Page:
The Evolution of The Red Carpet

In 1902, New York adorned its train platforms with opulent crimson carpets to guide passengers." "While not initially extravagant," she notes, "as it was primarily reserved for first-class travelers, the red carpet evolved into a symbol of prestige. Over time, the concept of the 'red carpet treatment' flourished. It served as a means to bestow upon individuals a sense of distinction.

Stepping Out For The First Time

Stepping into the limelight for the very first time, the red carpet made its grand entrance in Hollywood under the meticulous orchestration of theater magnate Sid Grauman. On October 18, 1922, Grauman orchestrated the inaugural Hollywood premiere at his opulent Egyptian Theatre, featuring the cinematic masterpiece "Robin Hood," a production that commanded nearly $1 million—a sum of extraordinary opulence for its time.

Amongst the luminaries such as Douglas Fairbanks and Wallace Beery, the crimson pathway instantly became synonymous with allure and prestige. "Glamour became an instant association," Henderson remarks. "For the actors, it symbolized personal acclaim—a hallmark of distinction cherished by Hollywood."

The History of The Red Carpet: Why is it Red?

What’s The Story Behind The Most Famous Carpet In The World?

As the awards season unfolds, stars from film, TV, and music showcase their best on the illustrious red carpet. While the red carpet appears timeless to many, have you considered its origins and why it's draped in crimson? We've embarked on a journey to uncover the luxurious history behind this iconic tradition.

Dating back to as early as 458 BC in Ancient Greece, references to the 'red carpet' emerge. In the Greek tragedy "The Oresteia," Clytemnestra laid out a red carpet to receive her husband, Agamemnon, upon his return (as depicted in the mask above). During that era, red symbolized divine status, embodying warmth and hospitality. Following the play's debut, painters frequently depicted red carpets in their works to denote regality and affluence. In 1821, in Georgetown, South Carolina, the prestige of a scarlet-hued carpet persisted. When US President James Monroe arrived, a red carpet was rolled out to greet him as he disembarked from a riverboat, symbolizing the significance and grandeur of his arrival.

Yet, it wasn't until 1902 that the red carpet ascended to its modern prominence. With the debut of a new rail service linking New York and Chicago, a red carpet guided passengers to their carriages. Since then, this symbol of opulence has graced countless prestigious events, embodying luxury and elegance.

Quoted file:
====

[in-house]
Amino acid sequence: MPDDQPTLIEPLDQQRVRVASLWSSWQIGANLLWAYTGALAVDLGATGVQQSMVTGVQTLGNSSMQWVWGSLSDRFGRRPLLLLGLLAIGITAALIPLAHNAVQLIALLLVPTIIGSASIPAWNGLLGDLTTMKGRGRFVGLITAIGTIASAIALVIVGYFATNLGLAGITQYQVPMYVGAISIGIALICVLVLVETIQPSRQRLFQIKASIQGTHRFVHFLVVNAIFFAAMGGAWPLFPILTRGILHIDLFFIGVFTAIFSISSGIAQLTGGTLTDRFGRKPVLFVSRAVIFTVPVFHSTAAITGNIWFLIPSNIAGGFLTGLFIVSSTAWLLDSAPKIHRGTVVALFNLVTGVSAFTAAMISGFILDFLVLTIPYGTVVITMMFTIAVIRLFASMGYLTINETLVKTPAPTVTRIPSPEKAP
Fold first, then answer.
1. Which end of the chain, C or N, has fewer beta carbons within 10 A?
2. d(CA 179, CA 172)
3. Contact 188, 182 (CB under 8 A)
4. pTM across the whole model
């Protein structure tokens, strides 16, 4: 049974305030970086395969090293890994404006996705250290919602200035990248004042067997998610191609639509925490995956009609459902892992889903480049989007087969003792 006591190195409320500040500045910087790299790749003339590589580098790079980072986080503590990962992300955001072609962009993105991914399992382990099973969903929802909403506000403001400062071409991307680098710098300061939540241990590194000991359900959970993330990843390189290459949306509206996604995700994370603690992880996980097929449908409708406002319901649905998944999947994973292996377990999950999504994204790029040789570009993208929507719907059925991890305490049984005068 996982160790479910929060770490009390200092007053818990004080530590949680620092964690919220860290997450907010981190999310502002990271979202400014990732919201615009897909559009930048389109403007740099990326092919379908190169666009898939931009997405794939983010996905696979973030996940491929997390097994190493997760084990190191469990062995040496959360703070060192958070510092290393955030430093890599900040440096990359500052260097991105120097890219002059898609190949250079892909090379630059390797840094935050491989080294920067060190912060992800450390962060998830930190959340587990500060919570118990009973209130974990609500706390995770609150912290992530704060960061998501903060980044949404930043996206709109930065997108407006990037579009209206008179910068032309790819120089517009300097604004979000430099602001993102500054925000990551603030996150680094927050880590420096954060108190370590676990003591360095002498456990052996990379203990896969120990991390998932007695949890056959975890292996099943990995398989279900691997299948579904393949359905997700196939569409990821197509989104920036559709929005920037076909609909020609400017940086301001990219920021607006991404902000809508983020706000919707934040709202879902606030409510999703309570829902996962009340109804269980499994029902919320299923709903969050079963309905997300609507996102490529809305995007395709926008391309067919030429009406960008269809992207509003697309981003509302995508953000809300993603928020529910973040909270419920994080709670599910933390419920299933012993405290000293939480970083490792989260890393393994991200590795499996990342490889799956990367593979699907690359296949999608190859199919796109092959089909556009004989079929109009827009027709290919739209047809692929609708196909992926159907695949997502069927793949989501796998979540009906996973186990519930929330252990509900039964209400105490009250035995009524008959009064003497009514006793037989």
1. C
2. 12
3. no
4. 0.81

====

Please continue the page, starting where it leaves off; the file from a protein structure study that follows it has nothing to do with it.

In 1961, the Academy Awards unveiled the red carpet. However, with television broadcasting solely in black and white, its vibrant allure remained unnoticed to viewers.

Initially, event organizers introduced the red carpet not as a luxury symbol, but as a subtle guide for actors. It wasn't until 1964 that the spectacle of stars gracing the red carpet captivated audiences, evolving into an enduring icon of elegance and opulence, persisting over 50 years later.

Barbra Streisand's attire at the 1969 Oscars initiated the trend of flaunting extravagant outfits on the red carpet. Her sequined, see-through ensemble turned heads, setting a new standard of allure. Since then, it has become customary for at least one star to showcase something unconventional at red-carpet events, adding an element of opulence and sophistication.

The Modern Red Carpet

Today, events spanning from the Met Gala to the Washington Correspondents’ Dinner honor guests with the red carpet treatment. In the world of cinema and beyond, this emblem of prestige extends its allure beyond just film stars.

Attend a gala screening at the Cannes Film Festival, and you'll witness a captivating array of attendees: musicians, models, millionaires, and moguls, all gracing the red carpet. Their presence often eclipses that of the actors. In this hyperreal environment, as Henderson suggests, we encounter "perfected creatures" seemingly from another realm. While we may strive to emulate their style, they remain elusive.

Executives have astutely recognized the marketing potential of the red carpet, leveraging it to promote luxury goods and high-end fashion. For other products, billboards offer an alternative avenue.